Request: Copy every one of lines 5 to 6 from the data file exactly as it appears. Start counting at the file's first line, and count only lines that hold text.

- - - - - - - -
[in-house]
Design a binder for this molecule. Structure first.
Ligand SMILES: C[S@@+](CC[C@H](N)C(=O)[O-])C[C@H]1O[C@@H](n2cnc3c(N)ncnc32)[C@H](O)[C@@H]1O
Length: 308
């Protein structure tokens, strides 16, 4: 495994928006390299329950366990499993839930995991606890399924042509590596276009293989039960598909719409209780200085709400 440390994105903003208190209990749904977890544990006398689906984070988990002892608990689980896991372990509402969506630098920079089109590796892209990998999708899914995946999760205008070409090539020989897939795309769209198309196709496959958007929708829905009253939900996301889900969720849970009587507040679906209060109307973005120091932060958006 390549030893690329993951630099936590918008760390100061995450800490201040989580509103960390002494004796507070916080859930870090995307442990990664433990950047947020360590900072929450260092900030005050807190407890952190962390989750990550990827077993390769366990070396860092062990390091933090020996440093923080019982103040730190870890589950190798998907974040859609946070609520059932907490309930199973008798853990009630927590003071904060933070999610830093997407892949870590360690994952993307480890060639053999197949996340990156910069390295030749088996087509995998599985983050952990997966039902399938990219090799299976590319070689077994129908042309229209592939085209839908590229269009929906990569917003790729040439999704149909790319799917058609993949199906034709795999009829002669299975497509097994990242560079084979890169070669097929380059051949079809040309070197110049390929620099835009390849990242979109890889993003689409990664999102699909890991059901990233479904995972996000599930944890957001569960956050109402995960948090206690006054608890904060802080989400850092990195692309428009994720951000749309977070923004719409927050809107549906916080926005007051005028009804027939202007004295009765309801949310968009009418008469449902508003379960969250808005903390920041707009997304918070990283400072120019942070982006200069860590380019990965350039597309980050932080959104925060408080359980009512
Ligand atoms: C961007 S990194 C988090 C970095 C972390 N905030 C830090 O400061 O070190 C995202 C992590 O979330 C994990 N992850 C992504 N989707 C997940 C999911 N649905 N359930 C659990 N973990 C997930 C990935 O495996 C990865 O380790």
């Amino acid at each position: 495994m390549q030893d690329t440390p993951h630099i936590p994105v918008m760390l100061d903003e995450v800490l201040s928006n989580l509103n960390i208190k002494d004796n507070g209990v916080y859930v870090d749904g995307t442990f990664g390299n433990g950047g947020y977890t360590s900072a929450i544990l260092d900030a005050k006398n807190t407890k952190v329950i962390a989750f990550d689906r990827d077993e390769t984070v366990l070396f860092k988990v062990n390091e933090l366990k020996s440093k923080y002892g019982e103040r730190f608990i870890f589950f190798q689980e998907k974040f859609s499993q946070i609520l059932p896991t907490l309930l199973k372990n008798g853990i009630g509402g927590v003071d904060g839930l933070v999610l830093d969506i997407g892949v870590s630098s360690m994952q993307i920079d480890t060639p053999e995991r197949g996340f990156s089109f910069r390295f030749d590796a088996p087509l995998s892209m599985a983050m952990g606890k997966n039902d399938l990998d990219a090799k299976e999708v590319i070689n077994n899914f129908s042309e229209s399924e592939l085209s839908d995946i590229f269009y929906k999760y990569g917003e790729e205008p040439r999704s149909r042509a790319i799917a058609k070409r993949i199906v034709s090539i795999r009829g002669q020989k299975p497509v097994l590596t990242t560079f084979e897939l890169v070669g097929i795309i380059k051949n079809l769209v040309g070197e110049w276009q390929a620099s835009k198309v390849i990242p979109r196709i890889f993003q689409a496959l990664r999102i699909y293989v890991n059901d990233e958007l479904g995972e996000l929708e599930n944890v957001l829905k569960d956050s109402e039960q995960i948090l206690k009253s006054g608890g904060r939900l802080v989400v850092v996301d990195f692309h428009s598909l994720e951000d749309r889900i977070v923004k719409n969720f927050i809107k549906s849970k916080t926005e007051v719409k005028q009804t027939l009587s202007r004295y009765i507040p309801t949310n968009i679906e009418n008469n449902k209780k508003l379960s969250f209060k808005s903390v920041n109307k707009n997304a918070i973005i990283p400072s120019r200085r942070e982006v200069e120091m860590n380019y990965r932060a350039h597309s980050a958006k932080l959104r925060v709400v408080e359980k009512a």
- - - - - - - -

């Protein structure tokens, strides 16, 4: 495994928006390299329950366990499993839930995991606890399924042509590596276009293989039960598909719409209780200085709400 440390994105903003208190209990749904977890544990006398689906984070988990002892608990689980896991372990509402969506630098920079089109590796892209990998999708899914995946999760205008070409090539020989897939795309769209198309196709496959958007929708829905009253939900996301889900969720849970009587507040679906209060109307973005120091932060958006 390549030893690329993951630099936590918008760390100061995450800490201040989580509103960390002494004796507070916080859930870090995307442990990664433990950047947020360590900072929450260092900030005050807190407890952190962390989750990550990827077993390769366990070396860092062990390091933090020996440093923080019982103040730190870890589950190798998907974040859609946070609520059932907490309930199973008798853990009630927590003071904060933070999610830093997407892949870590360690994952993307480890060639053999197949996340990156910069390295030749088996087509995998599985983050952990997966039902399938990219090799299976590319070689077994129908042309229209592939085209839908590229269009929906990569917003790729040439999704149909790319799917058609993949199906034709795999009829002669299975497509097994990242560079084979890169070669097929380059051949079809040309070197110049390929620099835009390849990242979109890889993003689409990664999102699909890991059901990233479904995972996000599930944890957001569960956050109402995960948090206690006054608890904060802080989400850092990195692309428009994720951000749309977070923004719409927050809107549906916080926005007051005028009804027939202007004295009765309801949310968009009418008469449902508003379960969250808005903390920041707009997304918070990283400072120019942070982006200069860590380019990965350039597309980050932080959104925060408080359980009512
Ligand atoms: C961007 S990194 C988090 C970095 C972390 N905030 C830090 O400061 O070190 C995202 C992590 O979330 C994990 N992850 C992504 N989707 C997940 C999911 N649905 N359930 C659990 N973990 C997930 C990935 O495996 C990865 O380790």